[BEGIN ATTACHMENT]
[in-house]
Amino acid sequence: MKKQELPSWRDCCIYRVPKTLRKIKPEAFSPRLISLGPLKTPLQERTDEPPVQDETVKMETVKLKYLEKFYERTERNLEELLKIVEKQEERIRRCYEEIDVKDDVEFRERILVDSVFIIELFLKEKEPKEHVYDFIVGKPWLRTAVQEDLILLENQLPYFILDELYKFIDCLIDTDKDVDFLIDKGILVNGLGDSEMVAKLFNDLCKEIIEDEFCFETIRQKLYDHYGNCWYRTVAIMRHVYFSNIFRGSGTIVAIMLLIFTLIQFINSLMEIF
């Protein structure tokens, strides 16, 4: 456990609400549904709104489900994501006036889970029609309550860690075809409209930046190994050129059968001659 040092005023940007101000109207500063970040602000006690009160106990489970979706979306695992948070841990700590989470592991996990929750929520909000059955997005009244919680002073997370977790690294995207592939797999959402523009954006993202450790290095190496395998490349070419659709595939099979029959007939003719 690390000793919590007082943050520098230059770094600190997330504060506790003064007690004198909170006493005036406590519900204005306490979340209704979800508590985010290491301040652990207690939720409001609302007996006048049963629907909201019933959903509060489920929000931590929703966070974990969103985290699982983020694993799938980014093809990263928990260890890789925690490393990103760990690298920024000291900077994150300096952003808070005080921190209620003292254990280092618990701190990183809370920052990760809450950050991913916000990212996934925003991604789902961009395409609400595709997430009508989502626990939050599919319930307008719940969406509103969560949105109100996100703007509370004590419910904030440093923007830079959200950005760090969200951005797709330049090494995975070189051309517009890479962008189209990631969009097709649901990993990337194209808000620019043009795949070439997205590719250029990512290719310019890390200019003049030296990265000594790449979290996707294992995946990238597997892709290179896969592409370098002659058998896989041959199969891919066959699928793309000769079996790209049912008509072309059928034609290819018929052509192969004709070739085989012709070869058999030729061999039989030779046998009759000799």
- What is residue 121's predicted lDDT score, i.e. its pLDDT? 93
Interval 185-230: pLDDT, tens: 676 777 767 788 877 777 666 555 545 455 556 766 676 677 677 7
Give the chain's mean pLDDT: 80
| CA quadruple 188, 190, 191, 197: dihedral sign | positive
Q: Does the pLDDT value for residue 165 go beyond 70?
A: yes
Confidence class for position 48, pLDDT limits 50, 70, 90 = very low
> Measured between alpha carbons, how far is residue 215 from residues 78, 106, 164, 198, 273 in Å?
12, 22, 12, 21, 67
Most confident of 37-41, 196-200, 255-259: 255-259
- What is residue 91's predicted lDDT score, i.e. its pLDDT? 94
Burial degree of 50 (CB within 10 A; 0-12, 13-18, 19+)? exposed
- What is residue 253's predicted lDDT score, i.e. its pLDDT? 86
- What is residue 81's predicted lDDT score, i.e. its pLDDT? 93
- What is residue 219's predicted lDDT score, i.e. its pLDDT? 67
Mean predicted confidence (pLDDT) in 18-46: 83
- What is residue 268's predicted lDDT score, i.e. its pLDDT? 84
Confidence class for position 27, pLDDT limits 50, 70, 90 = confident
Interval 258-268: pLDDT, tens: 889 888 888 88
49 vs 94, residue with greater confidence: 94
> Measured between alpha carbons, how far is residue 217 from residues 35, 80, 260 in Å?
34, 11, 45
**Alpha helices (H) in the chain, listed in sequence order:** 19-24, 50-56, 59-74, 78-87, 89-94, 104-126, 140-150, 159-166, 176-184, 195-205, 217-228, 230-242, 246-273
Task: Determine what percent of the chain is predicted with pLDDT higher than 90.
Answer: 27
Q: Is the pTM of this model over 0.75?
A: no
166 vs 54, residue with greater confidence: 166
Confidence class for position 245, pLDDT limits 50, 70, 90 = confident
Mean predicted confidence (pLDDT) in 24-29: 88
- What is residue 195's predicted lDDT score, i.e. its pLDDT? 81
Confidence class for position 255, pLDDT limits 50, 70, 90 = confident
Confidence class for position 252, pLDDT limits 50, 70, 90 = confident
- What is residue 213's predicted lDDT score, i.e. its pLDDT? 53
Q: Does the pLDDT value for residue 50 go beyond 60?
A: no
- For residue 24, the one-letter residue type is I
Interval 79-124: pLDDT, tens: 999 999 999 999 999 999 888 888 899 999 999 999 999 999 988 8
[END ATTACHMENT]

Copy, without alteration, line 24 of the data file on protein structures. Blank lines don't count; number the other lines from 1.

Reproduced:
> Measured between alpha carbons, how far is residue 217 from residues 35, 80, 260 in Å?